- Get a net and hit in your garage or basement. If you have the space, for just a few hundred dollars you can set yourself up with a golf net and mat so you can take a few swings whenever you have a free moment.
- Just swing! Whether you hit in the back yard or a nearby field or simply just swing in your living room, do what you can so that you don't lose feel for your grip, your posture or your swing. The ball is not relevant at this point. Just keep the feel going.
- Last, but definitely not least, work on your golf body through a solid golf fitness routine. I also have a vast number of fintess drills on MyGolfInstructor.com. If you are dedicated at all to this you'll most likely gain yardage over the winter rather than lose yardage.
To help you get started I'd like to share one of my favorite drills. Close to 20 years ago as an apprentice pro I used this tip when I got a one minute spot on Chicagoland T.V.. I thought hard on what drill I should give that could help golfers of all skill levels improve their swings. Without seeing your swing or knowing what you need to work on, I need to pick a universal drill than can help all players keep or get their swing in shape when they are away from the course. It's a drill I call Swing Plane Point Check and it has held true through the years to help beginners and professionals alike. The best part is it can be done indoors!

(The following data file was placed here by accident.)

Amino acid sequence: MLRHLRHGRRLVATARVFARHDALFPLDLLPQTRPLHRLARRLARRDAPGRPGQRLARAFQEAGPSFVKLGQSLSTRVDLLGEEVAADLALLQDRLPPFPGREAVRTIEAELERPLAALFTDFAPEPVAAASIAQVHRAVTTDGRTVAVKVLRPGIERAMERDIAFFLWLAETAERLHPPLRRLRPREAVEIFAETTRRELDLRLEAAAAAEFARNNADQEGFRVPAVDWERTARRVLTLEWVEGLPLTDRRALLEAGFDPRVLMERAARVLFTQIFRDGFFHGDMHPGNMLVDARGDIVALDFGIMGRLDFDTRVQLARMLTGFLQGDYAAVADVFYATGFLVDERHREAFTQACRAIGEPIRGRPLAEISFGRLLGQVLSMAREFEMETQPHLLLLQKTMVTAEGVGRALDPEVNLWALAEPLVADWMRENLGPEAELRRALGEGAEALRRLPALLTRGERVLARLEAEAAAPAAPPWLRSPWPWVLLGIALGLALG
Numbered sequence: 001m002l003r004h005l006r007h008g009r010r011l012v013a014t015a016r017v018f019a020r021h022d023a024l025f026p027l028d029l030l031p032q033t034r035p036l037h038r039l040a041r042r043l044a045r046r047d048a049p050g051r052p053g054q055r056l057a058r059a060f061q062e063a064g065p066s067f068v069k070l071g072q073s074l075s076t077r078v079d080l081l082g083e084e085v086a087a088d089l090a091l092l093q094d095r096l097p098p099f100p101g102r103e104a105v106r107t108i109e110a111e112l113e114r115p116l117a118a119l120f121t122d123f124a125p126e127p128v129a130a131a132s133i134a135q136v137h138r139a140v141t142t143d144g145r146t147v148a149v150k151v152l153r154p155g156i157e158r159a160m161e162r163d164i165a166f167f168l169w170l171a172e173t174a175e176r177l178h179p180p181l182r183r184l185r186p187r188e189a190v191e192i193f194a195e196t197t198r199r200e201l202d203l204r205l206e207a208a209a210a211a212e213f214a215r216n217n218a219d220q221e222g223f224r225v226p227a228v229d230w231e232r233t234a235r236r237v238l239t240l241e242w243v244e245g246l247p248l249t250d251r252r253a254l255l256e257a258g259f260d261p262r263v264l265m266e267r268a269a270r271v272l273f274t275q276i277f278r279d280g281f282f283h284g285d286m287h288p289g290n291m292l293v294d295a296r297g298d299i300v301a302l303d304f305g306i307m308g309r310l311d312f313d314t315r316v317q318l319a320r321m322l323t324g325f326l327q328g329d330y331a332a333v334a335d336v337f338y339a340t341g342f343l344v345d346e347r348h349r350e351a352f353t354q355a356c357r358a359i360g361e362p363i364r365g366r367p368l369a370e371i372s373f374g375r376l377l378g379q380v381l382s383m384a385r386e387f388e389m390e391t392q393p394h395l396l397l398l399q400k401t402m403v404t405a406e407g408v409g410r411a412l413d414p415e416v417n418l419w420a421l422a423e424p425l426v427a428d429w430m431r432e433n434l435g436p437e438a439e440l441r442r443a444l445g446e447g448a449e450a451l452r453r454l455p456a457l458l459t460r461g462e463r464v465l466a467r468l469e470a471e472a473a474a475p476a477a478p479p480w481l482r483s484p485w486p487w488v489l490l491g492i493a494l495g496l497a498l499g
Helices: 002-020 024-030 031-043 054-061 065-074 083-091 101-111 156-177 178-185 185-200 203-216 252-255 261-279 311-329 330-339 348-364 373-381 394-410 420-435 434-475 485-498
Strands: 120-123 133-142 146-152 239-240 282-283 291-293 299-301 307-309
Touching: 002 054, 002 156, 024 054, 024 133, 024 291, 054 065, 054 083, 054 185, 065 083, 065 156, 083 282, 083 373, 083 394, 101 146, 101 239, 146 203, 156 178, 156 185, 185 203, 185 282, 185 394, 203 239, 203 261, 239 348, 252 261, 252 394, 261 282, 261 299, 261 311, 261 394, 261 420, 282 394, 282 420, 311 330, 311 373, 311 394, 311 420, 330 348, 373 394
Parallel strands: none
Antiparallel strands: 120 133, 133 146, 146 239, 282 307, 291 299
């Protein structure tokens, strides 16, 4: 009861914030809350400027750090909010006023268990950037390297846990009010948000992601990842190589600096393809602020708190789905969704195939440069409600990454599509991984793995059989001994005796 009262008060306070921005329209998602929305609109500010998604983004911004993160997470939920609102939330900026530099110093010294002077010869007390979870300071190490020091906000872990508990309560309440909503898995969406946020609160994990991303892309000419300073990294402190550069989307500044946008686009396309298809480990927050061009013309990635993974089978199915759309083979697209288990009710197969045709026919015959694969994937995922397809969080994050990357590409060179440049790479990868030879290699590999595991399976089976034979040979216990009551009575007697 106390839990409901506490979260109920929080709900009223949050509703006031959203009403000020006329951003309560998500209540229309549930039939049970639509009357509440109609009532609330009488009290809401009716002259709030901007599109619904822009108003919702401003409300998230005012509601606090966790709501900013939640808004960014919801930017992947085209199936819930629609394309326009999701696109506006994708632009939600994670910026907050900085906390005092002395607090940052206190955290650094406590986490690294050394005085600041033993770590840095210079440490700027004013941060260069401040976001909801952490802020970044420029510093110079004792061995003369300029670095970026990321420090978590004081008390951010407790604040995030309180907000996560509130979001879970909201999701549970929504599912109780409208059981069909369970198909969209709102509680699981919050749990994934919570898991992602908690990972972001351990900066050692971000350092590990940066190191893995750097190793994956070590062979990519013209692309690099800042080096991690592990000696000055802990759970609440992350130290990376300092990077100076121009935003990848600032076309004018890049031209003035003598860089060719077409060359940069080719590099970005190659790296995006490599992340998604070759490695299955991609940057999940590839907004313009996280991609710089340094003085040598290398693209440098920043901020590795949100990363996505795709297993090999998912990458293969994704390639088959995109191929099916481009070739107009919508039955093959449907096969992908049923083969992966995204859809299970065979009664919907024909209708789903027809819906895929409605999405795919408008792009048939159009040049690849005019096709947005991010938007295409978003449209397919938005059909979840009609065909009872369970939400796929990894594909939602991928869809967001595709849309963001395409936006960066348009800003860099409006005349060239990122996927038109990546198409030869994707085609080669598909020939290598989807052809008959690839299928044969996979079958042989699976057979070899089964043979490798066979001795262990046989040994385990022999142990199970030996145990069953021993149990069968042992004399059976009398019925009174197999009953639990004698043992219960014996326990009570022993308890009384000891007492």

SWING PLANE POINT CHECK:
The first thing to note here is that at all times during your swing your club is either parallel to or pointed at your target line IF IT IS ON PLANE. That's the purpose of this drill; to see if your club is on plane at all the major check points.
Step 1 - Lay a club or shaft down on the ground pointing at your target and set up so that with the club you are gripping in your hands, the head is hovering over the shaft on the ground. Your clubface should be perpendicular to the shaft on the ground (Which represents the target line).
Step 2 - Swing back so that your club reaches the point of being parallel to the ground (1/4 backswing). Check to make sure it is parallel to your target line.
Step 3 - Swing until your left arm (for right handers) is parallel to the ground (1/2 swing). If you have cocked your wrists properly and your club is on plane it will be pointed at your target line.
Step 4 - Finish your shoulder turn until you reach the top of the swing. Your club should again be parallel to the target line.
Simply repeat these positions on the way down and then mirror them on the follow through part of your swing as well. Just remember, the club is always pointed to or parallel to your target line at all the check points.
KEEP THIS TRAIN ON THE TRACKS
Perform this drill every day for 10 minutes. I think you'll be pleasantly surprised come spring time at how on track your golf swing has stayed during the off season. It will also help keep your body golf fit by going through the various positions and holding them. 1 step forward and 2 steps back stops this year!
Maria Palozola has been a leading golf instructor for over 20 years. She has been a Top 50 Instructor with the LPGA since 2008 and is currently listed as a Golf Digest Top 5 Teacher in the State. She currently offers private golf lessons in the St. Louis area at http://www.stlouisgolflessons.com and offers online instruction at http://www.mygolfinstructor.com.